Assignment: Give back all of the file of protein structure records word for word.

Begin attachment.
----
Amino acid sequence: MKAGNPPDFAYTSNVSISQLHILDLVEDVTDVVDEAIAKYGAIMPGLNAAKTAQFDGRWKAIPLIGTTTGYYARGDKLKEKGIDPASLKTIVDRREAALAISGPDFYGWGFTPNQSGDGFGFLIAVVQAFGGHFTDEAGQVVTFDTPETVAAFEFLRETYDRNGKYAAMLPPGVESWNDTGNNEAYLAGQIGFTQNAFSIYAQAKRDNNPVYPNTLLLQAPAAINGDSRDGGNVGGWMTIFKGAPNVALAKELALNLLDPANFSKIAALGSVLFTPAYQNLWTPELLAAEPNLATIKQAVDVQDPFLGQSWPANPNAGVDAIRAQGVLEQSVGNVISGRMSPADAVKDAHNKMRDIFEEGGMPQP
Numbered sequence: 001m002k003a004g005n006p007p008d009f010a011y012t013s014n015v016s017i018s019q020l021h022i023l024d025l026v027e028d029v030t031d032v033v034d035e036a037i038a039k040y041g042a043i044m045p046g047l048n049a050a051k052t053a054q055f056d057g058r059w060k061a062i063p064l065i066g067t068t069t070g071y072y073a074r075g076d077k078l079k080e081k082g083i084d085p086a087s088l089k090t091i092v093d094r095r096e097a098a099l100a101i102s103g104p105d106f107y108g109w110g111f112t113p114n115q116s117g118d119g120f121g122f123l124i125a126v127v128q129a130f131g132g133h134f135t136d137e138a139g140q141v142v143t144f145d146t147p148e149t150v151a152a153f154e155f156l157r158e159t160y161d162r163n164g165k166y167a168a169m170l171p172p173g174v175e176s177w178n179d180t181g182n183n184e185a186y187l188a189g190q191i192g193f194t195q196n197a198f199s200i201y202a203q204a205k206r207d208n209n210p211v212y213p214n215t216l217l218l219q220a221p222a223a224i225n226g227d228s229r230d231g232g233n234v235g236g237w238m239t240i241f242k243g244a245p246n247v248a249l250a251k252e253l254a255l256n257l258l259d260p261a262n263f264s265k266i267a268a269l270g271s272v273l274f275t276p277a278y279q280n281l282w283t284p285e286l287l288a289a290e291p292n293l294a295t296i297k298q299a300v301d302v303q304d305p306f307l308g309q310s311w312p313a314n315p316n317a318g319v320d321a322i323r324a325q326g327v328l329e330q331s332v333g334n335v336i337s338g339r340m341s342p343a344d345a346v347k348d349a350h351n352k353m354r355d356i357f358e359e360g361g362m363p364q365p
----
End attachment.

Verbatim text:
Amino acid sequence: MKAGNPPDFAYTSNVSISQLHILDLVEDVTDVVDEAIAKYGAIMPGLNAAKTAQFDGRWKAIPLIGTTTGYYARGDKLKEKGIDPASLKTIVDRREAALAISGPDFYGWGFTPNQSGDGFGFLIAVVQAFGGHFTDEAGQVVTFDTPETVAAFEFLRETYDRNGKYAAMLPPGVESWNDTGNNEAYLAGQIGFTQNAFSIYAQAKRDNNPVYPNTLLLQAPAAINGDSRDGGNVGGWMTIFKGAPNVALAKELALNLLDPANFSKIAALGSVLFTPAYQNLWTPELLAAEPNLATIKQAVDVQDPFLGQSWPANPNAGVDAIRAQGVLEQSVGNVISGRMSPADAVKDAHNKMRDIFEEGGMPQP
Numbered sequence: 001m002k003a004g005n006p007p008d009f010a011y012t013s014n015v016s017i018s019q020l021h022i023l024d025l026v027e028d029v030t031d032v033v034d035e036a037i038a039k040y041g042a043i044m045p046g047l048n049a050a051k052t053a054q055f056d057g058r059w060k061a062i063p064l065i066g067t068t069t070g071y072y073a074r075g076d077k078l079k080e081k082g083i084d085p086a087s088l089k090t091i092v093d094r095r096e097a098a099l100a101i102s103g104p105d106f107y108g109w110g111f112t113p114n115q116s117g118d119g120f121g122f123l124i125a126v127v128q129a130f131g132g133h134f135t136d137e138a139g140q141v142v143t144f145d146t147p148e149t150v151a152a153f154e155f156l157r158e159t160y161d162r163n164g165k166y167a168a169m170l171p172p173g174v175e176s177w178n179d180t181g182n183n184e185a186y187l188a189g190q191i192g193f194t195q196n197a198f199s200i201y202a203q204a205k206r207d208n209n210p211v212y213p214n215t216l217l218l219q220a221p222a223a224i225n226g227d228s229r230d231g232g233n234v235g236g237w238m239t240i241f242k243g244a245p246n247v248a249l250a251k252e253l254a255l256n257l258l259d260p261a262n263f264s265k266i267a268a269l270g271s272v273l274f275t276p277a278y279q280n281l282w283t284p285e286l287l288a289a290e291p292n293l294a295t296i297k298q299a300v301d302v303q304d305p306f307l308g309q310s311w312p313a314n315p316n317a318g319v320d321a322i323r324a325q326g327v328l329e330q331s332v333g334n335v336i337s338g339r340m341s342p343a344d345a346v347k348d349a350h351n352k353m354r355d356i357f358e359e360g361g362m363p364q365p